Owarimonogatari improved respectably from last week, though we’re still not approaching Sodachi-tier heights. This arc just feels much more like an “Araragi arc” than the last did, which comes down at least in part to the fact that his companions this time are early-series Kanbaru and friggin’ Yotsugi. I’m realizing Yotsugi might actually be the worst companion for Araragi – he tends to make lolicon jokes with Mayoi, but Yotsugi actually enables the lolicon crap herself. That was in full display this episode, through that lengthy sequence that included pretty much every shot of Yotsugi’s legs and feet that a Yotsugi leg/foot fetishist could conceivably ask for.
And yet, in spite of that, I actually overall liked this episode. The stuff about Araragi wanting to shield Kanbaru and Shinobu from the trials he willingly throws himself into felt very sad and true, and this episode conveyed that tragedy through just a couple offhand lines. And Araragi’s conversations with Kanbaru were pretty endearing as well, and segued nicely into Gaen’s hinting that Kanbaru has probably inherited some of her mother’s power. Considering Hanamonogatari has been framed as the last chronological arc of the series (at least according to my understanding), it seems unlikely that this will be a slow buildup to Kanbaru as a general apparition-busting force. And that’s not Kanbaru’s scene, anyway – Kanbaru is her own person with her own issues, and it’s really only Araragi and Hanekawa who seem specifically compelled to engage with this world. So I’m guessing this arc’s final episodes will reap some immediate Kanbaru ass-kicking rewards, and combining that with the strong focus on Shinobu’s past means I’ve got every reason to look forward to the episodes to come.
Finally, The Perfect Insider basically unloaded all of its primed weapons this week, springing big mystery revelations and creative visual setpieces and key character insights one after another. Souhei, Moe, and Magata all got very strong character-building scenes, and Moe’s journey through Magata’s dream machine formed the show’s easy standout visual setpiece so far. Not only was Souhei nicely humanized through his conversation with Magata’s sister, even his relationship with Moe was made more compelling through the revelation that he’s basically always been a supportive family member for her. It doesn’t matter that he’s a crappy love interest – to her, he’s the only person she’s got. That insight into Moe’s isolation nicely dovetails into Magata’s own past, making for a very graceful little thematic character web. Perfect Insider certainly has some rough edges, but it’s putting a really strong foot forward leading into its final act.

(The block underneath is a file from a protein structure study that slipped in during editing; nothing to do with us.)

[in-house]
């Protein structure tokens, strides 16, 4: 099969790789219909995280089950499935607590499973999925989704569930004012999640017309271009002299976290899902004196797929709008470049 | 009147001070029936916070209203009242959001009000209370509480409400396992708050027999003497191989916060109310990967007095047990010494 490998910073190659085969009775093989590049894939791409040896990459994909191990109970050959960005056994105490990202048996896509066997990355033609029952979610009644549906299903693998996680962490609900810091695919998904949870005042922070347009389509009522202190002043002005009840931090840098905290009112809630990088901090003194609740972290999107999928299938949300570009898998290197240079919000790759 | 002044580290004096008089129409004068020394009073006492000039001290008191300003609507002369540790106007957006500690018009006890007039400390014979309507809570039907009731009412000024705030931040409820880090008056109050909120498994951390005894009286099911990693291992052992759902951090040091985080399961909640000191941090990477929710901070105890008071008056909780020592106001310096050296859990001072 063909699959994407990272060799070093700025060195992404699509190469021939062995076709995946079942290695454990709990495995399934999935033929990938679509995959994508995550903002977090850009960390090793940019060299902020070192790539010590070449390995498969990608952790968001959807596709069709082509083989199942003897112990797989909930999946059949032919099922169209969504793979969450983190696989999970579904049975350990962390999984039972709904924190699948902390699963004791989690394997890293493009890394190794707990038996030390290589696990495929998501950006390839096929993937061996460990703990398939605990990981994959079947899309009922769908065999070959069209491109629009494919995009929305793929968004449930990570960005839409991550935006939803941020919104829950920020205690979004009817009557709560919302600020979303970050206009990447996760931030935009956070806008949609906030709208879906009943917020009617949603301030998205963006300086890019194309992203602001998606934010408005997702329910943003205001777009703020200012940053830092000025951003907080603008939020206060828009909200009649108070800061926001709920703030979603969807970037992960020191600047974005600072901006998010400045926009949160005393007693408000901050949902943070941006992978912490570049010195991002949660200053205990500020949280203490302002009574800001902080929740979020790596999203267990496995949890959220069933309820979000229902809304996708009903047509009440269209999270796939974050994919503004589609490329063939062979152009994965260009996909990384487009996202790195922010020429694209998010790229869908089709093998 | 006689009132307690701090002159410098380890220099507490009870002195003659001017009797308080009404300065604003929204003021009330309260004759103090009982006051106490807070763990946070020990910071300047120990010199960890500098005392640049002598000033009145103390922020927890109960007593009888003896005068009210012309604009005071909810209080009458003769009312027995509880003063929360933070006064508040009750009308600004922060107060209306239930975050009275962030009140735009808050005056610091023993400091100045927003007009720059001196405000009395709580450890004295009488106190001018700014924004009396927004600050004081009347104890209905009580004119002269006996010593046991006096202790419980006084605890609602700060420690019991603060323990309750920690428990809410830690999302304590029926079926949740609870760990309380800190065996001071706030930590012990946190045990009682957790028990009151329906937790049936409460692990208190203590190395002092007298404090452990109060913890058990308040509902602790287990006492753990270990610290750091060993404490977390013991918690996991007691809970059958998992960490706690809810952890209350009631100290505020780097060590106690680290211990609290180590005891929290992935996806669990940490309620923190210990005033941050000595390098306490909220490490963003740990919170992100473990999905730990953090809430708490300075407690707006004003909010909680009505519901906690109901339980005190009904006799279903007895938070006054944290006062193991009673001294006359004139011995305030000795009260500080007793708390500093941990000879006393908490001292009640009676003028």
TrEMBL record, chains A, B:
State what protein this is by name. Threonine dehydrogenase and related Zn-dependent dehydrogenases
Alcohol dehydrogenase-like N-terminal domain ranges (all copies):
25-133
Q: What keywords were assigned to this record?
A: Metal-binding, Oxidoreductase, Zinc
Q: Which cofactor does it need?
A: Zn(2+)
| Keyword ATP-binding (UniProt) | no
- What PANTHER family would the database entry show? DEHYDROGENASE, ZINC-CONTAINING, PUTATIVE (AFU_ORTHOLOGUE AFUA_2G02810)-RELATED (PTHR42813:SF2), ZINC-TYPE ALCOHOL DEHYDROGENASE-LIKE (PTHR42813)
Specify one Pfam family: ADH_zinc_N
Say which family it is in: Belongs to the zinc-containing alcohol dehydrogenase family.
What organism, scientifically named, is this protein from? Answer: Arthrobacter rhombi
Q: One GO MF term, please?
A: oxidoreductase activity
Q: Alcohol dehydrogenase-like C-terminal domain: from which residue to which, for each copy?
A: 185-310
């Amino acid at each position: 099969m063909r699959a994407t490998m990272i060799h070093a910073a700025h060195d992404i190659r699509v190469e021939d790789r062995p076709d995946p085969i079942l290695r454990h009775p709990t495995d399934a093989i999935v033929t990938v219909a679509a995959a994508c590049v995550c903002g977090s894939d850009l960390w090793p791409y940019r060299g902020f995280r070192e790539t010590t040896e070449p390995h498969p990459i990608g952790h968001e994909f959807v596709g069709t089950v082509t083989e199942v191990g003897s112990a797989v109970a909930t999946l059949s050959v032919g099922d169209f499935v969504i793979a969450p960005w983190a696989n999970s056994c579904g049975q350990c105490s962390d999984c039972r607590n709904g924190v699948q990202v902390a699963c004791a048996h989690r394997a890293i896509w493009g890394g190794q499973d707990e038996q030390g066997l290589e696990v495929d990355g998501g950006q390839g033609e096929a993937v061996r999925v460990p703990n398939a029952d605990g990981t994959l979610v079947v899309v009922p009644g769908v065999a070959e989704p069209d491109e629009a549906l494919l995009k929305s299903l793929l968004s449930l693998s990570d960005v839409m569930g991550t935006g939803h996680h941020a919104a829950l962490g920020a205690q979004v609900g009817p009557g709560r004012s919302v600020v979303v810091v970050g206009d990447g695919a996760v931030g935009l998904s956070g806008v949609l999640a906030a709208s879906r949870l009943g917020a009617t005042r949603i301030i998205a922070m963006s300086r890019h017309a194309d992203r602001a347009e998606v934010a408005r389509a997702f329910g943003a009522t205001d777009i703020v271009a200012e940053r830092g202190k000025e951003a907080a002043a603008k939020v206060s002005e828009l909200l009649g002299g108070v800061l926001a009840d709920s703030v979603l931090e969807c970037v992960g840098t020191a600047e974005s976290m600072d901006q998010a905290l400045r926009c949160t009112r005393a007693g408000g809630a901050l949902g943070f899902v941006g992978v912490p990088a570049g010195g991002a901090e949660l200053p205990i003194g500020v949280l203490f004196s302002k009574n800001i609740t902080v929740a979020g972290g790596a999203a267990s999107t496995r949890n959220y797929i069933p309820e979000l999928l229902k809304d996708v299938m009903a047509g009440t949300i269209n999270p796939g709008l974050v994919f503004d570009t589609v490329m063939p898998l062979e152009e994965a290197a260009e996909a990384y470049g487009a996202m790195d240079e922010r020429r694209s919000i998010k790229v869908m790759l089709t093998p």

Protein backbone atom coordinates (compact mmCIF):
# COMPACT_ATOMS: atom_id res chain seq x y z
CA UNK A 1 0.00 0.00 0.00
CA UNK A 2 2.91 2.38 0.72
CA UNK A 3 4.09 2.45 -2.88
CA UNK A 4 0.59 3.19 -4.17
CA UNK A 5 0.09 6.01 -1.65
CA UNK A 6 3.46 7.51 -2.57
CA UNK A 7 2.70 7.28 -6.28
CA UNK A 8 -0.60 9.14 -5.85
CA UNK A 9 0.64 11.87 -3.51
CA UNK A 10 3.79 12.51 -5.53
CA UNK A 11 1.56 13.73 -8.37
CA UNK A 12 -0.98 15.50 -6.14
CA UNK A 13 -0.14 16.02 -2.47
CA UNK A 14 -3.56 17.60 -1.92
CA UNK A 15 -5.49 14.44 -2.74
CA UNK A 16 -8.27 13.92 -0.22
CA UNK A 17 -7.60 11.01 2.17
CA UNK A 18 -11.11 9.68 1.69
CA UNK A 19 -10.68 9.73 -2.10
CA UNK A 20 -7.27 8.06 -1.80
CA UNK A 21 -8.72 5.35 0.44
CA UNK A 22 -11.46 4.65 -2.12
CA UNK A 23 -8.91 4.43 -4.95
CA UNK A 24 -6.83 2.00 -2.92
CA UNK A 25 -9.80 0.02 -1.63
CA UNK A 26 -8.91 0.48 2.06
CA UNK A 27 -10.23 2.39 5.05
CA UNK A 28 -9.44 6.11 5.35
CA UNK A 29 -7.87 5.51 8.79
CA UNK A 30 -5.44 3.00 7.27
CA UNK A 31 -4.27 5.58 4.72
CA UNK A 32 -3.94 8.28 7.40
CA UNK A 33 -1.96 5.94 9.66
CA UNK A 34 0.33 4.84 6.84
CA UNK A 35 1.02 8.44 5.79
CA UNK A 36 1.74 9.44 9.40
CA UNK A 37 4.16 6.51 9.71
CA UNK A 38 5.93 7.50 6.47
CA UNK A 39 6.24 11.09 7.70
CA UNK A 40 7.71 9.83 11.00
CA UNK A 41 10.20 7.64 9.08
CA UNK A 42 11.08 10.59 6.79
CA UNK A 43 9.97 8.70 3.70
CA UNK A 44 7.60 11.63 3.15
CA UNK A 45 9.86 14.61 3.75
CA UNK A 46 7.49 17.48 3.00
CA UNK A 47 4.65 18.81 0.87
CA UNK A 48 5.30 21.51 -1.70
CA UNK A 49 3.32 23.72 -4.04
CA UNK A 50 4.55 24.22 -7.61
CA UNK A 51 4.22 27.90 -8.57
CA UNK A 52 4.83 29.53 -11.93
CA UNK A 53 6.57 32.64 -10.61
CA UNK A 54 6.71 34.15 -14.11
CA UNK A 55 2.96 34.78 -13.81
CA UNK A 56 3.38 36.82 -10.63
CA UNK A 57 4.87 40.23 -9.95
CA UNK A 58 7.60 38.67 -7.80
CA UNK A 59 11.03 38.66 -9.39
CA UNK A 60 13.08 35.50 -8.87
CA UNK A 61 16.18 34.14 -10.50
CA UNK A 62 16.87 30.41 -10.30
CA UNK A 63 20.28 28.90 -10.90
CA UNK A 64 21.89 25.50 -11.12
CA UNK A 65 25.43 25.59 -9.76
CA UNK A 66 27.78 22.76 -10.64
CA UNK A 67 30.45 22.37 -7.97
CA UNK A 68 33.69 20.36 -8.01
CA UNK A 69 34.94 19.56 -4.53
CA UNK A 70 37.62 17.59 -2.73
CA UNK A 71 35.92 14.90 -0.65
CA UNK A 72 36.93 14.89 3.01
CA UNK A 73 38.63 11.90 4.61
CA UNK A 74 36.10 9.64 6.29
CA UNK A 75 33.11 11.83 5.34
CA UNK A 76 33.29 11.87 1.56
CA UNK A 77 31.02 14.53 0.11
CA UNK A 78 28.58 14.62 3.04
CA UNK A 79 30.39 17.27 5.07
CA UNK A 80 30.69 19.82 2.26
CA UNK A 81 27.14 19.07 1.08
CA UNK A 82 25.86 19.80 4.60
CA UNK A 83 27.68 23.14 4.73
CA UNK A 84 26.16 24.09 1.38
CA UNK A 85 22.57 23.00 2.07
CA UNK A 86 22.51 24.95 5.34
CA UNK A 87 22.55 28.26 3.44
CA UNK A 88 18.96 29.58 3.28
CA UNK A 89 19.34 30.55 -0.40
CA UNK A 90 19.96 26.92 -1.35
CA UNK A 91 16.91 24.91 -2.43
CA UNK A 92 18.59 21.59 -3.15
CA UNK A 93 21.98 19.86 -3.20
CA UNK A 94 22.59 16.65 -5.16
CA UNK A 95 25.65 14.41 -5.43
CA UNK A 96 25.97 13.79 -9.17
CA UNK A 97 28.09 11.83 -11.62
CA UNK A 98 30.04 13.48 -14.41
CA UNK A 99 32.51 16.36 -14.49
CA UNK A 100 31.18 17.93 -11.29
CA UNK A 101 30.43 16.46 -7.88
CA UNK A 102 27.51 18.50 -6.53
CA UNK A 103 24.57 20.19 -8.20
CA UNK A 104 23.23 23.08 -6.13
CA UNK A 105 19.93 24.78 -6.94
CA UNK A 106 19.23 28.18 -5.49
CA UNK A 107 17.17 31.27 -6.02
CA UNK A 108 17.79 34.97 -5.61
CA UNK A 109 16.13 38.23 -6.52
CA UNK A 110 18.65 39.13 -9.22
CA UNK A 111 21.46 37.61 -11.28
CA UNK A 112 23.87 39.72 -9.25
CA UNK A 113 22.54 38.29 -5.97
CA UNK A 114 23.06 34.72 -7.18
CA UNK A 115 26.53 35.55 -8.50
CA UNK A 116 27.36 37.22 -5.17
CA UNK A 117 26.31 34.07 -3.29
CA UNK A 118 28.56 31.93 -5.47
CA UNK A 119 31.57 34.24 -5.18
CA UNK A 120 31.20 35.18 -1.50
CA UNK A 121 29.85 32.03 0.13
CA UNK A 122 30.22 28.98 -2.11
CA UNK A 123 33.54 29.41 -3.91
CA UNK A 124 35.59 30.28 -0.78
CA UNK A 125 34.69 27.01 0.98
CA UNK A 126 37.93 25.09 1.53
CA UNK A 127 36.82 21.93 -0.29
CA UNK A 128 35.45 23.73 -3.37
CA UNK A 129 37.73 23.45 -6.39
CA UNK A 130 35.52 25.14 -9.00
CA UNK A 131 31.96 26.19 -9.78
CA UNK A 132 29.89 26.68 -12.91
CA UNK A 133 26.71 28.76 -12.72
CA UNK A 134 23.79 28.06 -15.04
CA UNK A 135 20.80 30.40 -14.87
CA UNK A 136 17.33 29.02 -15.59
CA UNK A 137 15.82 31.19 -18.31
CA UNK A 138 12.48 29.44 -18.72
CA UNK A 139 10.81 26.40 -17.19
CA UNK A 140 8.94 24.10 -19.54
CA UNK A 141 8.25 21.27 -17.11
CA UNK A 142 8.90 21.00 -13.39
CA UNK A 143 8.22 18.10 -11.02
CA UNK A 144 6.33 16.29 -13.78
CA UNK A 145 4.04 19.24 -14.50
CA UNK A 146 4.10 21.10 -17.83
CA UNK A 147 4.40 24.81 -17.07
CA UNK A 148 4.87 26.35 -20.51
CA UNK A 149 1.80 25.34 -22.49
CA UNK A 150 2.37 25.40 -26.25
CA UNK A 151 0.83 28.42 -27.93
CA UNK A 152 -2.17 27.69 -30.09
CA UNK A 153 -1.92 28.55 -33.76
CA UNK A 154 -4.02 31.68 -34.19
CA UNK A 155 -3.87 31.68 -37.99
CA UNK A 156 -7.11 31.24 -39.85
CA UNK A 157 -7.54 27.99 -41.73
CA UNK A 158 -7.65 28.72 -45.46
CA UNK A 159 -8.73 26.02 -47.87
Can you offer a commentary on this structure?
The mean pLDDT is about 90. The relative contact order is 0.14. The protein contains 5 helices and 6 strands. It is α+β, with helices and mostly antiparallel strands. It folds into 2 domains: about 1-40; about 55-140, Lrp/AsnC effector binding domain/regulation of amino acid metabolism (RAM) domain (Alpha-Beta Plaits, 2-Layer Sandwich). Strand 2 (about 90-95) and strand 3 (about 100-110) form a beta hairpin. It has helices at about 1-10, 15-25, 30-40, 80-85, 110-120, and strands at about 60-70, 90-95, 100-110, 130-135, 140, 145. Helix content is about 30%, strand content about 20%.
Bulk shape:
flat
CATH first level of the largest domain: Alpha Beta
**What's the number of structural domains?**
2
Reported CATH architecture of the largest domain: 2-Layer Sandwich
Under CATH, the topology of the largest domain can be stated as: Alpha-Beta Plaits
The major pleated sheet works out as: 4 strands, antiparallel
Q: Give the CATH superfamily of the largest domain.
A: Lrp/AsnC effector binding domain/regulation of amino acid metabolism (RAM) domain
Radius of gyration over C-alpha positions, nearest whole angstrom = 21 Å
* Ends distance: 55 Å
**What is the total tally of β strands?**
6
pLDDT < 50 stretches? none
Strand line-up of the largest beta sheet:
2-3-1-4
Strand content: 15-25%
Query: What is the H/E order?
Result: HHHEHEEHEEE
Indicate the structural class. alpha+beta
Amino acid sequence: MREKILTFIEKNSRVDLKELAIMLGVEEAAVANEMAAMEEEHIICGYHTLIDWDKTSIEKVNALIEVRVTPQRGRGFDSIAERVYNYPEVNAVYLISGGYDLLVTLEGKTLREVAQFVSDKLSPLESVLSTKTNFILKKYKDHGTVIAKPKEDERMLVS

Airing shows aside, I also burned through Symphogear GX this week, which was… well, certainly Symphogear, but perhaps not quite as Symphogear as the last couple seasons. In contrast to G, which basically doubled down on both the show’s incoherence and its glorious energy, GX felt more reserved, and definitely more interested in telling an actual story. Its villain had a motivation and even some flashback scenes, and its narrative took the time to include specific personal issues for each of the protagonists, with some of them even reflecting off each other. Did this end up working? Well… sometimes? Maybe half of these personal dramas worked out alright, and if the show had ended well, I’d consider this overall a success. But the ending actually felt pretty tedious, and relied much too heavily on tricks the show had already pulled in its first two seasons. Plus, the Autoscorers, one of this season’s easy best additions, didn’t even figure in to the finale. So while I appreciate the effort, I think Symphogear will have to achieve a better mix of coherence and absurdist grandeur in its inevitable fourth season.
And saving the best for last, I also finally got around to Wolf Children this week, spurred on by my shiny new writeup-commissioning system. And Wolf Children was… well, basically perfect. A wonderful, heart-rending personal story, full of great sequences with essentially no dialogue and characters you can’t help but fall in love with. Wolf Children was exactly my kind of slice of life, the slice of life that acknowledges the harshness of the world as it is, but loves it anyway. I have nothing but good things to say about this movie, and I’m glad I got a chance to write about it. Well done, Hosoda. Well done.